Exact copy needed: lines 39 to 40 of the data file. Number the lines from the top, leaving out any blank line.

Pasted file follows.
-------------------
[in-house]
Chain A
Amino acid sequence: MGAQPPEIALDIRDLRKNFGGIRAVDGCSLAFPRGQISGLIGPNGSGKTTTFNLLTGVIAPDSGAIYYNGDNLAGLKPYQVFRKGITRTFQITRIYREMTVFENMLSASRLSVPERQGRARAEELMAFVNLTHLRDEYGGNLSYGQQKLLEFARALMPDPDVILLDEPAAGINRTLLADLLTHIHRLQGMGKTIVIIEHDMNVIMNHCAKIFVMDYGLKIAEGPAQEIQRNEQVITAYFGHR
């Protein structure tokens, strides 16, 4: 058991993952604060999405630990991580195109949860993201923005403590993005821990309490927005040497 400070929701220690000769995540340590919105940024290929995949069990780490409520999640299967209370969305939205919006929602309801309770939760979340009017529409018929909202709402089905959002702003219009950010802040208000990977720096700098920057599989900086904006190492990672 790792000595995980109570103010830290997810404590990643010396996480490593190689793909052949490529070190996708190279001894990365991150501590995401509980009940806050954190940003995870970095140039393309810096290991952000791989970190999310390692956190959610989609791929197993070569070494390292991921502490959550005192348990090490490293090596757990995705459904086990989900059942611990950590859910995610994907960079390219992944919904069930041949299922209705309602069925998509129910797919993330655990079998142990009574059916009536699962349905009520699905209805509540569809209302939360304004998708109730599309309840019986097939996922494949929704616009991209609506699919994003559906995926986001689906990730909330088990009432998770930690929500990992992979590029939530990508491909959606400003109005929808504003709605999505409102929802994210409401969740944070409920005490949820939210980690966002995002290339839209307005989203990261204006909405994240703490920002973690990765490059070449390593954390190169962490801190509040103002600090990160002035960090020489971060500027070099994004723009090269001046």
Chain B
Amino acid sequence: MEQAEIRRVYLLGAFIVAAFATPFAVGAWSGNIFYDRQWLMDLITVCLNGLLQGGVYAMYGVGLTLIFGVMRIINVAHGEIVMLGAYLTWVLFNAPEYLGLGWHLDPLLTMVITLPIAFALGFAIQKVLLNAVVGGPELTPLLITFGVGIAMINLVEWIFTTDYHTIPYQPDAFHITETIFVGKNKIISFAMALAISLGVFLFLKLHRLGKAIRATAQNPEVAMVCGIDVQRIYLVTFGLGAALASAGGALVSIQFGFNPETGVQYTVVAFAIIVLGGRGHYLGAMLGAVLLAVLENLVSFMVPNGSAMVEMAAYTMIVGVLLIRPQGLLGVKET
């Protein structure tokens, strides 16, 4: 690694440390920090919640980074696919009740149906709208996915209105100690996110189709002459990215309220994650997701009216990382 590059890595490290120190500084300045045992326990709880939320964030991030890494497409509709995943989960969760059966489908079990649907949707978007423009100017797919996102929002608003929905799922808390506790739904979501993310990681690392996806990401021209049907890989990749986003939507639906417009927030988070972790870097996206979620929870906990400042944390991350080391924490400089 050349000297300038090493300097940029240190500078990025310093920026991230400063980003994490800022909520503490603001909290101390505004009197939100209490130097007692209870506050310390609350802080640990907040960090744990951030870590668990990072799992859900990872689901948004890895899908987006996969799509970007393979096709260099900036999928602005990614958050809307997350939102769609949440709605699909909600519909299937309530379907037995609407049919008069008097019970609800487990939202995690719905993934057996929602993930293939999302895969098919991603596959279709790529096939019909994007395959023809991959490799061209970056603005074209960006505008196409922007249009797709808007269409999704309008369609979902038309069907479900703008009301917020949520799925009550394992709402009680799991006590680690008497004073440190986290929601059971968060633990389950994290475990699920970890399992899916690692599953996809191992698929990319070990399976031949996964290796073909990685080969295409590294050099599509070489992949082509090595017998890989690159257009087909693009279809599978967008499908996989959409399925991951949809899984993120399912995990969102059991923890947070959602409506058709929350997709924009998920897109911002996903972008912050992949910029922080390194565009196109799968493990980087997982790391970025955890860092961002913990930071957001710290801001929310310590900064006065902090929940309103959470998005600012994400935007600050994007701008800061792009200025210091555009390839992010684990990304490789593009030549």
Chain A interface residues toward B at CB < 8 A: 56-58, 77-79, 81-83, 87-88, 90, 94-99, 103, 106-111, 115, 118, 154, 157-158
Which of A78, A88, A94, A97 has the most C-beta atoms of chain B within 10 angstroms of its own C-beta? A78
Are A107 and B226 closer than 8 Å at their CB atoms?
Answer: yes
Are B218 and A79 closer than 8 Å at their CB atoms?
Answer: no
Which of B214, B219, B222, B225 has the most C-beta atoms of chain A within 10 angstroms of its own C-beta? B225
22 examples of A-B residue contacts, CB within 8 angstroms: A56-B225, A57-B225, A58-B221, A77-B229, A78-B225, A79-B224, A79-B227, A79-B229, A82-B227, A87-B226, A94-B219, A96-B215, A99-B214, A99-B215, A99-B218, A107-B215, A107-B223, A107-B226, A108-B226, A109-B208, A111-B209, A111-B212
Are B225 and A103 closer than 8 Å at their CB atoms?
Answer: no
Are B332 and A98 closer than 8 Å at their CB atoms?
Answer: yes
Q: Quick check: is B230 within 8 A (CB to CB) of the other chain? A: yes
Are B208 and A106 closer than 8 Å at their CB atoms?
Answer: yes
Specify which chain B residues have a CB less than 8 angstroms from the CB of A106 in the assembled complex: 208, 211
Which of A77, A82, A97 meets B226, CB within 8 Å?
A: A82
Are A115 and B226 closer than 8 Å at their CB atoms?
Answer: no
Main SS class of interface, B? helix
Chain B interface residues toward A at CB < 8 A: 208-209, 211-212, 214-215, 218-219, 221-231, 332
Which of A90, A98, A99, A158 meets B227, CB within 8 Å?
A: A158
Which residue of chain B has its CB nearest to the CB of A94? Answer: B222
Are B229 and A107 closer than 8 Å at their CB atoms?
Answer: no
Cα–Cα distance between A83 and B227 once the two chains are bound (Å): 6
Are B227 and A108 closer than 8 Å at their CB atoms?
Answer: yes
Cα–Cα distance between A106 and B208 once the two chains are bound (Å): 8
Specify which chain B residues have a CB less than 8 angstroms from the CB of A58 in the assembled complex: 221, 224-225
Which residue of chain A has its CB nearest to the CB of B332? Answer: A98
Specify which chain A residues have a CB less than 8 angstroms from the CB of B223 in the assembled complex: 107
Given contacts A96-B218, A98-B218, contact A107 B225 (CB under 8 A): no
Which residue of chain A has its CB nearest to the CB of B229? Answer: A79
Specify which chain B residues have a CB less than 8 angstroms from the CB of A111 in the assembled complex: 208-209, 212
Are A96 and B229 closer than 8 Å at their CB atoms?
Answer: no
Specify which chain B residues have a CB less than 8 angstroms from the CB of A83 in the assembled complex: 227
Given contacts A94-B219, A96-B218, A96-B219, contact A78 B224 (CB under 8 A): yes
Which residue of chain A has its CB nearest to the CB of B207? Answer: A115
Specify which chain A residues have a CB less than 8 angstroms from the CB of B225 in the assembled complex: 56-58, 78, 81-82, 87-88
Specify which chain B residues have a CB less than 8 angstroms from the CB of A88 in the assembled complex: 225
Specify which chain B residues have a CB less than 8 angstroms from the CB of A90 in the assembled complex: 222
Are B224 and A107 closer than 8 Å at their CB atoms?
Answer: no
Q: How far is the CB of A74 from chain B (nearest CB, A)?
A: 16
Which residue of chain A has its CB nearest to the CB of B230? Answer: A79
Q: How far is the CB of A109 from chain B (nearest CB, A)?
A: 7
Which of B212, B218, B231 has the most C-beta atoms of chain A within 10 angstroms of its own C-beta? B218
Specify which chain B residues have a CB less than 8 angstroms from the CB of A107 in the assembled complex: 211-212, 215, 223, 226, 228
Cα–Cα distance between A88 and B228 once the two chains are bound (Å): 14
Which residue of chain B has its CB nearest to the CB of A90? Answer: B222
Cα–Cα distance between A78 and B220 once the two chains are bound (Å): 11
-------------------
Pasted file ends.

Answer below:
Specify which chain B residues have a CB less than 8 angstroms from the CB of A58 in the assembled complex: 221, 224-225
Which residue of chain A has its CB nearest to the CB of B332? Answer: A98